- Brahmins are a caste (Narayan and his wife were Brahmins - Iyers to be precise). However, it isn't possible to wikilink non-Brahmins, it's just a term used for all castes that aren't Brahmins. Some critics/academics loosely group the books (1, 2 and 4 - 3 is excluded) as a trilogy, but it isn't a very well defined or used term. I'll get it to be more precise. -SpacemanSpiff 16:13, 20 October 2009 (UTC)
- I've added some context to this by linking Iyer. As for the bit about non-Brahmins/Brahmins, that's the subject of many scholarly works, but no wiki article yet, and unlikely for one to develop anytime soon. I've restructured the last paragraph to read a bit better. I still haven't found a term to link the three books, so I've used "first three books" instead. -SpacemanSpiff 18:56, 20 October 2009 (UTC)
In "The busy years," "although the protagonist in the novel continues to follow Narayan's main outline from his earlier creations" is not clear to me--"outline" is, I think, the problem here. Perhaps "trajectory" is a better word, but either way it needs a modifier of sorts. Are you talking about similar character development? similar character? similar fate? Sharpen that up (and I think there were one or two other places with similar phrases) and you will greatly improve the article. Drmies (talk) 15:14, 20 October 2009 (UTC)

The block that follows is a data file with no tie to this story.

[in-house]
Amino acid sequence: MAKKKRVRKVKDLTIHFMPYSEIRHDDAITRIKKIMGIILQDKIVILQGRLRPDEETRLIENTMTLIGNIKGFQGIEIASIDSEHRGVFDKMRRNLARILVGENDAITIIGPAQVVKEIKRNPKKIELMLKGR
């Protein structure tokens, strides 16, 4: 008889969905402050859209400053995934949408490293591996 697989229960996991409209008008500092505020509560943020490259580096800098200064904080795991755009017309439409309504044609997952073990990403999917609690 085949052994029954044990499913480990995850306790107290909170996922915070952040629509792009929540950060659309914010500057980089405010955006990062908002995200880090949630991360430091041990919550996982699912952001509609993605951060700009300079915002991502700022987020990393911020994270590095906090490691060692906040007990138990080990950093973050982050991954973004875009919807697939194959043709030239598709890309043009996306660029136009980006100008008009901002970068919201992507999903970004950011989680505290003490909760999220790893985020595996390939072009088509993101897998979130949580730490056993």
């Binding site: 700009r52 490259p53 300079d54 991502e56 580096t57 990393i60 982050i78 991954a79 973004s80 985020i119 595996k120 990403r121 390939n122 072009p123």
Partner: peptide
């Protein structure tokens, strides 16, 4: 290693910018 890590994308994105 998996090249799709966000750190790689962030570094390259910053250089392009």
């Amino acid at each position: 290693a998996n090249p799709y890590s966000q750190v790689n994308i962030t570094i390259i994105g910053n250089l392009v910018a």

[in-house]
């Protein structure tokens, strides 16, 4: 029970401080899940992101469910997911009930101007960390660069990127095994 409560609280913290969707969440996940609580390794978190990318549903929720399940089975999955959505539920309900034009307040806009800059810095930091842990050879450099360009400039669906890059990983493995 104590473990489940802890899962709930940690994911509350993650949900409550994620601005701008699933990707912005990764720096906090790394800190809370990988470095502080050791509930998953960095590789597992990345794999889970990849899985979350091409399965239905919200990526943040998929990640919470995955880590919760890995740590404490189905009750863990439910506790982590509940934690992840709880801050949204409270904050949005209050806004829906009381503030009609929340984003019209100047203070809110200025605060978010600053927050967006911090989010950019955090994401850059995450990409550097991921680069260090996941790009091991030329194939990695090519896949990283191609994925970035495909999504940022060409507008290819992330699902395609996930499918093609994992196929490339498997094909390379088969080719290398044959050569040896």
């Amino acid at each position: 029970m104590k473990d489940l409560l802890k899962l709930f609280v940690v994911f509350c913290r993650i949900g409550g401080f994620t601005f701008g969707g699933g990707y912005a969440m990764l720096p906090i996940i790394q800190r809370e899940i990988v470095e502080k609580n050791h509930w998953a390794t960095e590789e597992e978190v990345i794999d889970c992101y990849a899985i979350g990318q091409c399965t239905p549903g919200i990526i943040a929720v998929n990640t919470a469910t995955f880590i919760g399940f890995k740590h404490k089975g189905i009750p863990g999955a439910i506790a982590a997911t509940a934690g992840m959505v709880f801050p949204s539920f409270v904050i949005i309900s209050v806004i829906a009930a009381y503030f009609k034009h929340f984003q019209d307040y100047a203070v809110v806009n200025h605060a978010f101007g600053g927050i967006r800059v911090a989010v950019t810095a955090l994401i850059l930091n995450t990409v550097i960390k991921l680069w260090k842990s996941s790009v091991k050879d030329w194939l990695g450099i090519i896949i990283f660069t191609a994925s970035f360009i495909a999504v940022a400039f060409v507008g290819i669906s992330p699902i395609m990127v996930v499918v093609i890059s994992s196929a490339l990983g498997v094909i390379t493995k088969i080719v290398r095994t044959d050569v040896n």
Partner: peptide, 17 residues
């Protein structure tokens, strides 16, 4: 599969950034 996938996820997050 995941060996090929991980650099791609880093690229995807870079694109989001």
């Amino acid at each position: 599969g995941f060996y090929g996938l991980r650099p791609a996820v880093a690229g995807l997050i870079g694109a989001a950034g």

- Understood, I used the word to describe character development, not character itself. I believe I used similar descriptors for The Bachelor of Arts and Waiting for the Mahatma, I'll clean those out. -SpacemanSpiff 16:13, 20 October 2009 (UTC)
In "The later years," opening paragraph--does this book have a name? And note the sequence of "Around the same time..." and then "The same year...": it goes from somewhat precise to really precise, but what year? 1980, right? Reverse the two statements, that might be better rhetorically also: recognition worldwide, then recognition even in Chinese. Next paragraph: consider tweaking "came out" (also further on in the paragraph, and a few paragraphs later)--a tad colloquial, and now also a double entendre. Remove the semi-colon before "all of them written..." Fourth paragraph, hyphen between "six" and "year" (compound noun used as adjective). Sixth paragraph, add comma after "fond of conversation," and one after "notebooks," and one after "2001." Drmies (talk) 15:16, 20 October 2009 (UTC)